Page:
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Lava Mae Helps Bridge Hygiene Gap For Unhoused Population

A Lava Mae shower trailer (Courtesy Lava Mae)
A Lava Mae shower trailer (Courtesy Lava Mae)

Doniece Sandoval, 57, and her family used to live in a diverse, middle-class neighborhood in San Francisco. But after the Great Recession, gentrification struck, turning their community into an unaffordable area.

"We watched as three of our neighbors — all gentlemen in their 80s -- get evicted from their homes and take up residence in their cars and, one by one, eventually have those repossessed," Doniece says.

Listen to our full episode here (the Lava Mae segment starts at 8:24)

The men ended up on the streets, and Doniece was shaken by what happened. She began to volunteer, and through her charity work, she saw just how expansive the unhoused population is in the Bay Area. She wanted to do something more meaningful, so she started connecting with local civic groups and speaking to unhoused people, asking them what they needed. And she noticed a trend: It was difficult for them to take care of their hygiene.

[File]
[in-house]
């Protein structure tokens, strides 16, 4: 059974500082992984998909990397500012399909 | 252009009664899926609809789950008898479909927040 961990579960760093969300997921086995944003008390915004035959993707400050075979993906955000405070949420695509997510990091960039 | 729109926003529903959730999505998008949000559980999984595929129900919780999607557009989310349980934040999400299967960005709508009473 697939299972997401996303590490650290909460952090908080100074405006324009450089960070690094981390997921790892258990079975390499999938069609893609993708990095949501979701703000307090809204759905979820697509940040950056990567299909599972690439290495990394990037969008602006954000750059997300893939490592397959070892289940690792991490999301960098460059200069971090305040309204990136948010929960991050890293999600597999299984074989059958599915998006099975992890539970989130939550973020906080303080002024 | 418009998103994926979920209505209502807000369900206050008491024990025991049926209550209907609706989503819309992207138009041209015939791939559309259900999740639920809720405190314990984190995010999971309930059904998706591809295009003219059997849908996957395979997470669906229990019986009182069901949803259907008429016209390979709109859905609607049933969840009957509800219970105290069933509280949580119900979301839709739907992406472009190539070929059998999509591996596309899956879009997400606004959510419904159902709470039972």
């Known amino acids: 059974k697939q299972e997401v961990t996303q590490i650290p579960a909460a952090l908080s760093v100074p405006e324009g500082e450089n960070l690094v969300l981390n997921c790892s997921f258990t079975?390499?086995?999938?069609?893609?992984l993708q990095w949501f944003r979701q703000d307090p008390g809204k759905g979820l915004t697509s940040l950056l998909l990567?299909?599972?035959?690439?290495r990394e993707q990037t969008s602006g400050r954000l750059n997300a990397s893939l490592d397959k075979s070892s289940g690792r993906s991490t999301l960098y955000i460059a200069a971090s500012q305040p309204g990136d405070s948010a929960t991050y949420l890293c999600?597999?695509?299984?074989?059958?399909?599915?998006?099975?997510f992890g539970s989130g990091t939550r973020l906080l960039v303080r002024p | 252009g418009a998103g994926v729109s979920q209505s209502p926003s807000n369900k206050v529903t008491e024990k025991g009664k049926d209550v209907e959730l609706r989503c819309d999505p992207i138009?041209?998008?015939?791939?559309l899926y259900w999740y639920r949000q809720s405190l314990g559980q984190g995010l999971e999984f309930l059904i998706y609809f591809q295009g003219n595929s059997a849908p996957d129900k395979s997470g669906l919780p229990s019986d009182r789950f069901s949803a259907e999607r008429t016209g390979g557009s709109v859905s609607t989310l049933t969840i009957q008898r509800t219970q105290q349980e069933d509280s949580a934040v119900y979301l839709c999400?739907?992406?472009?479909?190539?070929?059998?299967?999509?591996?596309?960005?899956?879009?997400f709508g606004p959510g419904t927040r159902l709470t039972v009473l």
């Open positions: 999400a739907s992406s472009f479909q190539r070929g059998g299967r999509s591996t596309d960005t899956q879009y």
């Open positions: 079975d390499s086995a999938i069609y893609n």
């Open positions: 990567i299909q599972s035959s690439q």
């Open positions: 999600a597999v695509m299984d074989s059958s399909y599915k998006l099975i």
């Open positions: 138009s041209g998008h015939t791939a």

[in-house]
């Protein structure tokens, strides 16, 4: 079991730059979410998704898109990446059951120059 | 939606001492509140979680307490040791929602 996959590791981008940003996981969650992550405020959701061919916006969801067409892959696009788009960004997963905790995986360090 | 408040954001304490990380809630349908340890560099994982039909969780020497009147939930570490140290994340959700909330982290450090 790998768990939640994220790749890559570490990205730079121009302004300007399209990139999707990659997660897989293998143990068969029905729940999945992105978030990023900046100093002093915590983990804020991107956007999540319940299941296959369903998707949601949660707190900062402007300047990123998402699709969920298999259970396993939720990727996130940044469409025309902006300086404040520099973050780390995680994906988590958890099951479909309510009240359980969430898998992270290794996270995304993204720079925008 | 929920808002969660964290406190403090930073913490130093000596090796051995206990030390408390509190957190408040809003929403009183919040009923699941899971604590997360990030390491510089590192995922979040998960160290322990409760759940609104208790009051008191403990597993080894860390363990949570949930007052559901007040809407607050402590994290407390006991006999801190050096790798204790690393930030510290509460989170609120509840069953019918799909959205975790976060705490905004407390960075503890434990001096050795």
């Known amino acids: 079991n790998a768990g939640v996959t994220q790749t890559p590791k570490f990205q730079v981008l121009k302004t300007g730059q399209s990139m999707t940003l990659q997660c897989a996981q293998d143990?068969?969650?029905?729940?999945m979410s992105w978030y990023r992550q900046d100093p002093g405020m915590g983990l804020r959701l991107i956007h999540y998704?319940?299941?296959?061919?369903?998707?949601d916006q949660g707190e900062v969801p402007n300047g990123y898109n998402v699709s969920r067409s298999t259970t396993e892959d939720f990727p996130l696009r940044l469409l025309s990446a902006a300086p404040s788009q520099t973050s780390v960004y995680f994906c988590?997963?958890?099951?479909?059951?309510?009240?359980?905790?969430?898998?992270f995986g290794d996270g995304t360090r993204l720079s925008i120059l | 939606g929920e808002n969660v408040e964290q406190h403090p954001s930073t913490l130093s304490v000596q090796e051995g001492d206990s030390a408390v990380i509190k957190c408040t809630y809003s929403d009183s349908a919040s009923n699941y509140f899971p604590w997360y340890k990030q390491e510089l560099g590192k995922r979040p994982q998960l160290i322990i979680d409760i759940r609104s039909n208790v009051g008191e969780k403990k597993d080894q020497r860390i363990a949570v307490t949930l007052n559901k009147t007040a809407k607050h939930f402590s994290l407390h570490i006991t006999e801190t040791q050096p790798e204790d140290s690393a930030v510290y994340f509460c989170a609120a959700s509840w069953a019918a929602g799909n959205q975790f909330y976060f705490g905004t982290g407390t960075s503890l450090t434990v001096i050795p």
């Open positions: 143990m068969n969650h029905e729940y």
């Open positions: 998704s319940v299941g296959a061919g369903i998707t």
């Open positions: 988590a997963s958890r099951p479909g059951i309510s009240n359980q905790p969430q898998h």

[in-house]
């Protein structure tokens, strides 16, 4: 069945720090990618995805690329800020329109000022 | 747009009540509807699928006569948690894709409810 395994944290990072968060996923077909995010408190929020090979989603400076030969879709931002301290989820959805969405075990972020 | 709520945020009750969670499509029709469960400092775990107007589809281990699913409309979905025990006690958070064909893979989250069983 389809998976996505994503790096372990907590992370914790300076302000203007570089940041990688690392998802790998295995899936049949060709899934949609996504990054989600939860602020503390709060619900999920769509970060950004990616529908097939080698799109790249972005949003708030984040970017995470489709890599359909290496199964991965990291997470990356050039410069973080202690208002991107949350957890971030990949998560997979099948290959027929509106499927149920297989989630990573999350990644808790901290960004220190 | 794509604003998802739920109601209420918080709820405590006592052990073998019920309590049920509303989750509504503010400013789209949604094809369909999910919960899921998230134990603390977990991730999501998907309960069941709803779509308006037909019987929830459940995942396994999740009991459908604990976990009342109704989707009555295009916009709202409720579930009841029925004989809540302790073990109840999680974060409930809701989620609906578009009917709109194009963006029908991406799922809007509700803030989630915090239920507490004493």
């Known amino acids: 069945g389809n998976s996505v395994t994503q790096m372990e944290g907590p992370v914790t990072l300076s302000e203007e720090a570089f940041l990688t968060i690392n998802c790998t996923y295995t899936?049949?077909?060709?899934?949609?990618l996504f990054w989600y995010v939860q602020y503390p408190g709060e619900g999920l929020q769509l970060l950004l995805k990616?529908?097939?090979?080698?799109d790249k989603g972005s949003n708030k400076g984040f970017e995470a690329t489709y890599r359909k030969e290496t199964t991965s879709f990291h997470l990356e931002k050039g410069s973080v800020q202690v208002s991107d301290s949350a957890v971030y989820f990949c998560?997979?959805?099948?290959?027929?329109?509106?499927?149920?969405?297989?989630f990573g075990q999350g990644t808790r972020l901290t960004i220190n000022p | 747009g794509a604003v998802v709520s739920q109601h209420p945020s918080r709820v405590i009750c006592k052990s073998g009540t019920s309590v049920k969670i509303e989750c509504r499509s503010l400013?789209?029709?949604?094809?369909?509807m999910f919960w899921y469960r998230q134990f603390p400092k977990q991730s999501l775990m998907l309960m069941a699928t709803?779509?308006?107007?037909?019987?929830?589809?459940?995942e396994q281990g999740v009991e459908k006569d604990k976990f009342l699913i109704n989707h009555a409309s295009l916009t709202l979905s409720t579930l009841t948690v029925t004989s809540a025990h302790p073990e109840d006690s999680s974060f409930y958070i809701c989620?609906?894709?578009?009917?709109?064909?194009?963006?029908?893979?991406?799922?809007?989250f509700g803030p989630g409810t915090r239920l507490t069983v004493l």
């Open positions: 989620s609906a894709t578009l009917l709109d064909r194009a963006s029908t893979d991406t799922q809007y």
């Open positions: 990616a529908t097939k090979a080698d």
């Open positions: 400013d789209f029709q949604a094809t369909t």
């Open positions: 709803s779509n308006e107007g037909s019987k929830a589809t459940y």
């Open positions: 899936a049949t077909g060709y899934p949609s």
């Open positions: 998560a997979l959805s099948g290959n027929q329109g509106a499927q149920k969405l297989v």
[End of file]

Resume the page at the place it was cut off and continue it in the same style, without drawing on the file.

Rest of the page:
A mosaic of Lava Mae guests (Photo provided by Lava Mae)
A mosaic of Lava Mae guests (Photo provided by Lava Mae)

This inspired her to start Lava Mae, a mobile showering unit on the ground in San Francisco, Oakland and Los Angeles, that allows unhoused people to take showers privately and safely. Doniece says her organization practices "radical hospitality": recognizing the humanity in every member of the community, treating everyone with kindness and compassion, and uplifting those in need by showing empathy and respect.

Find more information on Lava Mae on Facebook, Twitter, Instagram and YouTube, and on its website. You can also help Lava Mae's mission to fund more on-the-ground mobile showering units through its partnership with The Right To Shower.

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